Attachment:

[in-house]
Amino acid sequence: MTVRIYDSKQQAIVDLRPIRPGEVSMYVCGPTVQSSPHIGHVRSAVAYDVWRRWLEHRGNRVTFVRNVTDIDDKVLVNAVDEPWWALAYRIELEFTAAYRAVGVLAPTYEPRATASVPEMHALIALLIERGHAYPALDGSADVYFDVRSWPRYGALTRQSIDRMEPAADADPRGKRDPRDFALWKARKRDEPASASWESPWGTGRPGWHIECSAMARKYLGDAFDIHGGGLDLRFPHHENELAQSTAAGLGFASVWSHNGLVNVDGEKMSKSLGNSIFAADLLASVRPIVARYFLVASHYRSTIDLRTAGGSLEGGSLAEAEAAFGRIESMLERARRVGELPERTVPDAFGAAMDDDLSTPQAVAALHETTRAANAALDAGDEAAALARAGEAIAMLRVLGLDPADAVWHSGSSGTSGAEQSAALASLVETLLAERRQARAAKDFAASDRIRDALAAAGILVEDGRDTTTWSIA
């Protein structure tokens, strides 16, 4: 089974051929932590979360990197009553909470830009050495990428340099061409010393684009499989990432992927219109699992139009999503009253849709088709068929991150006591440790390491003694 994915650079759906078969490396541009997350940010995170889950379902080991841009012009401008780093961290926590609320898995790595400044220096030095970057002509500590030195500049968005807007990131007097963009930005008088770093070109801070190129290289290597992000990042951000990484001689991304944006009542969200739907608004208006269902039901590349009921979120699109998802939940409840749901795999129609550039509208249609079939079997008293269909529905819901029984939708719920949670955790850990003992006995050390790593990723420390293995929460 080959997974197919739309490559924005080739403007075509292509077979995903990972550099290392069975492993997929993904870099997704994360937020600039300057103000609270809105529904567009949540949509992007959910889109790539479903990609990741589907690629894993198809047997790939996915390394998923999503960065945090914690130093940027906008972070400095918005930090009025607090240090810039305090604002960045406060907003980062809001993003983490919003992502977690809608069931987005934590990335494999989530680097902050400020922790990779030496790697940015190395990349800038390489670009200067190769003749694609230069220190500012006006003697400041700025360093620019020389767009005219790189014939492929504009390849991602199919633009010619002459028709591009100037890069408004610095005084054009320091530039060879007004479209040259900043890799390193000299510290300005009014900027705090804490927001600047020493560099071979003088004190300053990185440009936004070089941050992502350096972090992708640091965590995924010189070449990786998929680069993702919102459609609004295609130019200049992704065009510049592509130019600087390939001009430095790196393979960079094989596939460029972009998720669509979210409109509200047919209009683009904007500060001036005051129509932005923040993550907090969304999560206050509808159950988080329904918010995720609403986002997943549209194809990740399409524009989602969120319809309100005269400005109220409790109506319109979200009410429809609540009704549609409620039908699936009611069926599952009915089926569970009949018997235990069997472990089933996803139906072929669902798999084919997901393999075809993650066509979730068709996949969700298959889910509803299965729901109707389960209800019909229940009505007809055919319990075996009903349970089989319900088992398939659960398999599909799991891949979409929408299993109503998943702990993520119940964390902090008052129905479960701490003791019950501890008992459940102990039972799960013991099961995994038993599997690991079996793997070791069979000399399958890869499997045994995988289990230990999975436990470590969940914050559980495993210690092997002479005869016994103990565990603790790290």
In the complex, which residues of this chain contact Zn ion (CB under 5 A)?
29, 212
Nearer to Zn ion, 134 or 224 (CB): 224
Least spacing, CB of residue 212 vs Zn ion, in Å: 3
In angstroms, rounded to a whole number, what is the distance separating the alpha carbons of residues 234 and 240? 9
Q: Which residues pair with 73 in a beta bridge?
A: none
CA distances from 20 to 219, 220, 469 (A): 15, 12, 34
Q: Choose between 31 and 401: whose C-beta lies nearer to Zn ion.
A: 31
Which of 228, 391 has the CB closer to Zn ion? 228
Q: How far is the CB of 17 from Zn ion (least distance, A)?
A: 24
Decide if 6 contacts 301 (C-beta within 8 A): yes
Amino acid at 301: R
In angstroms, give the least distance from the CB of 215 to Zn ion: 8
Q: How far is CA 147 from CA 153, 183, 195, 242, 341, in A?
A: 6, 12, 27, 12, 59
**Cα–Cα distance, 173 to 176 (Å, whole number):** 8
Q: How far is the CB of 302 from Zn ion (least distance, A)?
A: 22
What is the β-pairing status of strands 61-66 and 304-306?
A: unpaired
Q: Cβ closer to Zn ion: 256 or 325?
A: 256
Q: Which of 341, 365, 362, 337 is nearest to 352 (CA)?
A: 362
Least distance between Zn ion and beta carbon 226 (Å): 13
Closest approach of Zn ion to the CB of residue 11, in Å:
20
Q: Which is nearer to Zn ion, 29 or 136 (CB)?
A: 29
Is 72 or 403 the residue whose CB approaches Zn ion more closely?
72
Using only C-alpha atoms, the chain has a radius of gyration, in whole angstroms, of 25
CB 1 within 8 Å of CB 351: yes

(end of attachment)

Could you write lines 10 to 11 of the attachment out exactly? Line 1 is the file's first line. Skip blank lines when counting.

A: none
CA distances from 20 to 219, 220, 469 (A): 15, 12, 34